It depends on what you are doing with Photoshop - Its a much better experience on our 2012 Mac Pros w/ 128 GB of RAM & SSD drives than on any of our much newer iMacs or  MacBook Pros with 32 GB of RAM.
  • Reply 84 of 88
    gatorguygatorguy Posts: 23,300member
    1TB
    sandor said:
    10 years ago, it made sense to buy a Mac Pro for use with software like Adobe Photoshop. These days, that's not really a high-end software use anymore. Photoshop can easily be handled by a standard iMac. I think people who complain about what the 2019 version of the Mac Pro represents don't really understand just how much more powerful hardware is today vs. 10 years ago. The 'Pro' end for desktop is MUCH more specialized than it used to be. Only the heaviest of heavy lifting through software requires 'Pro' models anymore.

    It depends on what you are doing with Photoshop - Its a much better experience on our 2012 Mac Pros w/ 128 GB of RAM & SSD drives than on any of our much newer iMacs or  MacBook Pros with 32 GB of RAM.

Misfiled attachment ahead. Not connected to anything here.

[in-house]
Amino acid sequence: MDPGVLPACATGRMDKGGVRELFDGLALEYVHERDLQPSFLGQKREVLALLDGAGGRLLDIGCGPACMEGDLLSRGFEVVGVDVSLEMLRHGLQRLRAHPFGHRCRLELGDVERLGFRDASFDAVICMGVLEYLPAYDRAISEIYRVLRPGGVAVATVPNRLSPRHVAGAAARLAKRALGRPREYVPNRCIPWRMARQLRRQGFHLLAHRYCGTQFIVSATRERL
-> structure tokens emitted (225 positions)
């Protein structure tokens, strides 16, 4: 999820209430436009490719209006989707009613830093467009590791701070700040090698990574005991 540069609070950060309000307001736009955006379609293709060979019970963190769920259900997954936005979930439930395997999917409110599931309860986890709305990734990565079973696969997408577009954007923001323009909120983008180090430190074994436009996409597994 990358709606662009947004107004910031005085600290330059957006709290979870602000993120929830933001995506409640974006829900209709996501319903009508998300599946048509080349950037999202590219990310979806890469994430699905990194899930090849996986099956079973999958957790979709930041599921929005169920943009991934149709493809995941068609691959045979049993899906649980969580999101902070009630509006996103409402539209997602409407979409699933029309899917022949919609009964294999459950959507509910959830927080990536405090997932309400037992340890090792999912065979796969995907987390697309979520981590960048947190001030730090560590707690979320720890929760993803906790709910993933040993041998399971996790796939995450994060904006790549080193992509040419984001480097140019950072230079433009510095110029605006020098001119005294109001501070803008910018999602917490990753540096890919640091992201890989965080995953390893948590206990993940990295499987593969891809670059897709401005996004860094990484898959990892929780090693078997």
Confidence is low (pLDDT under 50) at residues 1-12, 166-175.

RAM does make a difference, as does a speedy SSD (Note there's more than one version. An SSD is not simply an SSD for those not familiar with them).

    Can't imagine tho that 128GB RAM on an older processor would be faster than a recent machine with 32GB and at least a Gen8 i7 processor. Heck Photoshop will run OK on just 8GB, which is actually what Adobe recommends. I consider 32GB as future proofing, and my personal preference. My very recently replaced laptop used for photo-processing when I want to kick back with work had a Gen6 i5, 16 GB, a 256MB M.2 PCIE NVMe SSD and a traditional 1TB data drive. Cost me all of $900 from a college student who no longer needed it. I typically keep both LR and PS open and at the same time might run DxO, Topaz or Luminar for certain tasks. It was just fine for purpose.

    So why did I buy a newer one then? Because I could...
    and I convinced myself it would be a labor saver, letting me get a lot more done with less time spent. In reality it's not, but I still enjoy it more.

    Going from a FHD to 4K display is eye-opening tho. Problem is many of the folks viewing the finished imagery I design will never see it the way I created it since they look at it on their smartphone, or home computer or some other un-calibrated and/or small display. So I do it for personal pride. 
    edited December 2019 muthuk_vanalingamcornchip
  • Reply 85 of 88
    MacProMacPro Posts: 19,426member
    gatorguy said:
    1TB
    sandor said: